It was welcome news that the state found funding for the Jefferson County family court drug court program. Yet, it is concerning that this program was not funded in the budget, and that a front page newspaper article was required to get it back in gear. The blogosphere is full of speculating on the "story behind the story." I think the Kentucky Law Blog's queries, though, are straight on:
"Why was drug court overlooked and ignored during the normal funding cycle when the AOC web pages, chief justice resume', and press releases abound with its praise?
Why were those involved in drug court left in the dark during the funding process?
This is the second time that funds were re-allocated for a project (eg., the minority law school scholarships - CLEO and now Drug Courts) which raises questions as to the reliability of the budgeting numbers going in and/or what programs or activities are being deprived of funds?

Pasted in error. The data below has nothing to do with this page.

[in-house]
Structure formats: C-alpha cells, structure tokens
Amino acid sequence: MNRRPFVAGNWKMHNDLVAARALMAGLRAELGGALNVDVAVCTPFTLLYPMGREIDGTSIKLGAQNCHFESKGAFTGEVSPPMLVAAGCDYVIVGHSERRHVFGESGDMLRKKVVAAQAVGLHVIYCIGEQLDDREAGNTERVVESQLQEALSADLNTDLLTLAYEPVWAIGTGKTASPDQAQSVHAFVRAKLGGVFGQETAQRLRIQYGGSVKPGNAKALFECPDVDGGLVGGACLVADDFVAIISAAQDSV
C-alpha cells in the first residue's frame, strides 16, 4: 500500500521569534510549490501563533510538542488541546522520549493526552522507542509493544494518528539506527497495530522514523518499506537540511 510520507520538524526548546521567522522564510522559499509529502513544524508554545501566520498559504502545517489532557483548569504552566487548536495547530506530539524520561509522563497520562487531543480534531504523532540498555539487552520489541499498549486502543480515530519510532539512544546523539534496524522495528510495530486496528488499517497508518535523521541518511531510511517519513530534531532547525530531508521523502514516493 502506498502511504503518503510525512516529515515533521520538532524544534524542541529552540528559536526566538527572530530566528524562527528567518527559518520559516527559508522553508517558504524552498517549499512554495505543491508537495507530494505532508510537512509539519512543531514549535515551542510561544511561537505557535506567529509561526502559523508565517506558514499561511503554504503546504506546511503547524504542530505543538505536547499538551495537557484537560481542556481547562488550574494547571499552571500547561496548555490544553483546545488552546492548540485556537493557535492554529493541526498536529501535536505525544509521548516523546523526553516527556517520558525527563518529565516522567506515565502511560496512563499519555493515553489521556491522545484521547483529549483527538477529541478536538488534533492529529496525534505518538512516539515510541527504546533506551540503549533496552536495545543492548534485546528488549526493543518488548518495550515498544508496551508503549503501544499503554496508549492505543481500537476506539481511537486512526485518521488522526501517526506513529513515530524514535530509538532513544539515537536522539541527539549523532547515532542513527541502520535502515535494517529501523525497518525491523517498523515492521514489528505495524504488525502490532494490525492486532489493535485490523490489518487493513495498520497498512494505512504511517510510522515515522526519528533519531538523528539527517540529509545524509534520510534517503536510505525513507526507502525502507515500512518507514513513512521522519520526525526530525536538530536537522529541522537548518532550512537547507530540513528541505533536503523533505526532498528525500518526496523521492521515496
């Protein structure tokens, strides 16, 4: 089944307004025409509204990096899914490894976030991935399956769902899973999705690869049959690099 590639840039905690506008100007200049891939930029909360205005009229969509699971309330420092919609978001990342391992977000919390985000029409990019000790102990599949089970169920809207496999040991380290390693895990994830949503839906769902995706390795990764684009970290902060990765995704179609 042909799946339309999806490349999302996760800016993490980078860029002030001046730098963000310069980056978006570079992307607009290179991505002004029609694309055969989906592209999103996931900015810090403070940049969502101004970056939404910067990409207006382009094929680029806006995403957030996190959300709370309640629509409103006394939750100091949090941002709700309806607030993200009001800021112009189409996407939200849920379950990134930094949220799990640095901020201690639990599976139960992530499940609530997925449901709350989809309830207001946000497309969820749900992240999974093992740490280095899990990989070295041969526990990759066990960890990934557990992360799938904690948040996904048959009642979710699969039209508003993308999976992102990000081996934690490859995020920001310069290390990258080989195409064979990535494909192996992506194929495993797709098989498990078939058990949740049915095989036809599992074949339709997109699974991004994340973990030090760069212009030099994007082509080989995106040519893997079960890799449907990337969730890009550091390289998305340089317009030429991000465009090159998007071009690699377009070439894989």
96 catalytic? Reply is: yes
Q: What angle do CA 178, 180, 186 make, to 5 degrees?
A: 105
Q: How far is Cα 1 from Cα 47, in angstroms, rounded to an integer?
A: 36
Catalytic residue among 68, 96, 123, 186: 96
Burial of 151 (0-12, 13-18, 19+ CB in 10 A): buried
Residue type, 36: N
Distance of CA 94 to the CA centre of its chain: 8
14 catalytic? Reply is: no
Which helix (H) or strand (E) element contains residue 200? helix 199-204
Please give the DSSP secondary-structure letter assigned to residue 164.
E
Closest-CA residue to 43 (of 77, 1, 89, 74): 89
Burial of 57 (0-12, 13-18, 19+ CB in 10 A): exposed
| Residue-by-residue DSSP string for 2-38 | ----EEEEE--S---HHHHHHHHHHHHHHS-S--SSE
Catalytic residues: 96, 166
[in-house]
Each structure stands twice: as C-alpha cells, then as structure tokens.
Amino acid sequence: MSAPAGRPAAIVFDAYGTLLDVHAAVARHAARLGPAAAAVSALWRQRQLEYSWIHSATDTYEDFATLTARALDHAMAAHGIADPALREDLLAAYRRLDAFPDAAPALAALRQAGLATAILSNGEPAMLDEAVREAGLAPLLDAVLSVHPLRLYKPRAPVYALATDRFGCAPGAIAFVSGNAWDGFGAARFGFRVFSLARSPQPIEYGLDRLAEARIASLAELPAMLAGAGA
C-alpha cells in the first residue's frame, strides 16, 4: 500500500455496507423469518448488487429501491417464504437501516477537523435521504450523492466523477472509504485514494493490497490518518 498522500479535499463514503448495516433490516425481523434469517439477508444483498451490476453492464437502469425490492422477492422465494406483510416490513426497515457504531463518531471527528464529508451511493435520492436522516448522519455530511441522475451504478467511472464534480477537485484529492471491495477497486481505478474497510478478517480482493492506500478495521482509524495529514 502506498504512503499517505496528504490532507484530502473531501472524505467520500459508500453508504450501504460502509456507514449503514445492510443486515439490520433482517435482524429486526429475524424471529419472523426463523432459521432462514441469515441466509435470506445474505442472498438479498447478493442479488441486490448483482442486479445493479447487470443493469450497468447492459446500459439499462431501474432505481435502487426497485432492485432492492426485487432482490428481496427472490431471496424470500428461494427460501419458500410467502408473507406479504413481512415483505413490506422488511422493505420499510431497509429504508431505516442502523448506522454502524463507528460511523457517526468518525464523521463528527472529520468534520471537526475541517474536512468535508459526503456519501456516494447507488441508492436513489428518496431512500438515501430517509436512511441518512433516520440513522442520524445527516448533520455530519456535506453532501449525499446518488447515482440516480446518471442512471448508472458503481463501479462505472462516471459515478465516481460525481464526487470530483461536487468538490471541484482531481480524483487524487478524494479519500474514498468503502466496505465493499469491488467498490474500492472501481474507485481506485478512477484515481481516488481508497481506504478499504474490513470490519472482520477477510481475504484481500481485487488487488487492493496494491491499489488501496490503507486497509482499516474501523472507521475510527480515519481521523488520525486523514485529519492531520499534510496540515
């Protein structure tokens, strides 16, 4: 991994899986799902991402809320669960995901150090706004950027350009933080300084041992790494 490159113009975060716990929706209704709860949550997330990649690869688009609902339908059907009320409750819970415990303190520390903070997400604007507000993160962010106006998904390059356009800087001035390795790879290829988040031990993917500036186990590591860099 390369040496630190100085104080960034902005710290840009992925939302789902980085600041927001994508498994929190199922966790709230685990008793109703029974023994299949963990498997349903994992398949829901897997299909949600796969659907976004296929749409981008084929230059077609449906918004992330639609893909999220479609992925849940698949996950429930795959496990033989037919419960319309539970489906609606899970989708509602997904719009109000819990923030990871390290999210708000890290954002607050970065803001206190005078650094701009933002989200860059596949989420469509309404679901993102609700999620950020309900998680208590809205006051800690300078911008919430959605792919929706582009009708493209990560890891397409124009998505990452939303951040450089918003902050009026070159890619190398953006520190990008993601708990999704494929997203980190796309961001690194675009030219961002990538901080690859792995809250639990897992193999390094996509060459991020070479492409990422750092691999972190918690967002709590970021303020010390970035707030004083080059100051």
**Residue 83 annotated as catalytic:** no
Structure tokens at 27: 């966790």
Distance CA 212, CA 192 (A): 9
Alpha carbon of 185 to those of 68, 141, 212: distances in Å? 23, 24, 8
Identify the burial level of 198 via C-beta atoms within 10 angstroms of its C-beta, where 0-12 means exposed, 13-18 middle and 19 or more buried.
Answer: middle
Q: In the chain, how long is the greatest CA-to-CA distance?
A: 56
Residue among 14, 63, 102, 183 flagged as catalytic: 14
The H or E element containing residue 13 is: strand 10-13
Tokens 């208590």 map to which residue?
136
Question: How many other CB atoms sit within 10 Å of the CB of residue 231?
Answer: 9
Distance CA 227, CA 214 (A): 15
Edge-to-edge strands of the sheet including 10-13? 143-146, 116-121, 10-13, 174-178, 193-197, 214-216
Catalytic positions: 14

Where was $287,000 found during financially difficult times as now, and which programs paid the price?
What effect will this funding interruption have on the program and its personnel since classes were postponed and personnel let go when the money was running out?
Does the state auditor need to look at these books to see if there are any more funds that can be wisely used?
Is it wise to now finance the program outside of the AOC and will that result in loss of AOC oversight?"
A couple of weeks ago a group of mediators met for dinner to talk about how to do things better. The waiter, learning that some judges were present (those present actually included retired judges who are now serving as mediators) asked whether Judge Ryan would be coming. When someone asked why he wanted to know, he said "because he saved my life in drug court." Family drug court not only saves the lives of the addicts, but positively impacts the next generations, too.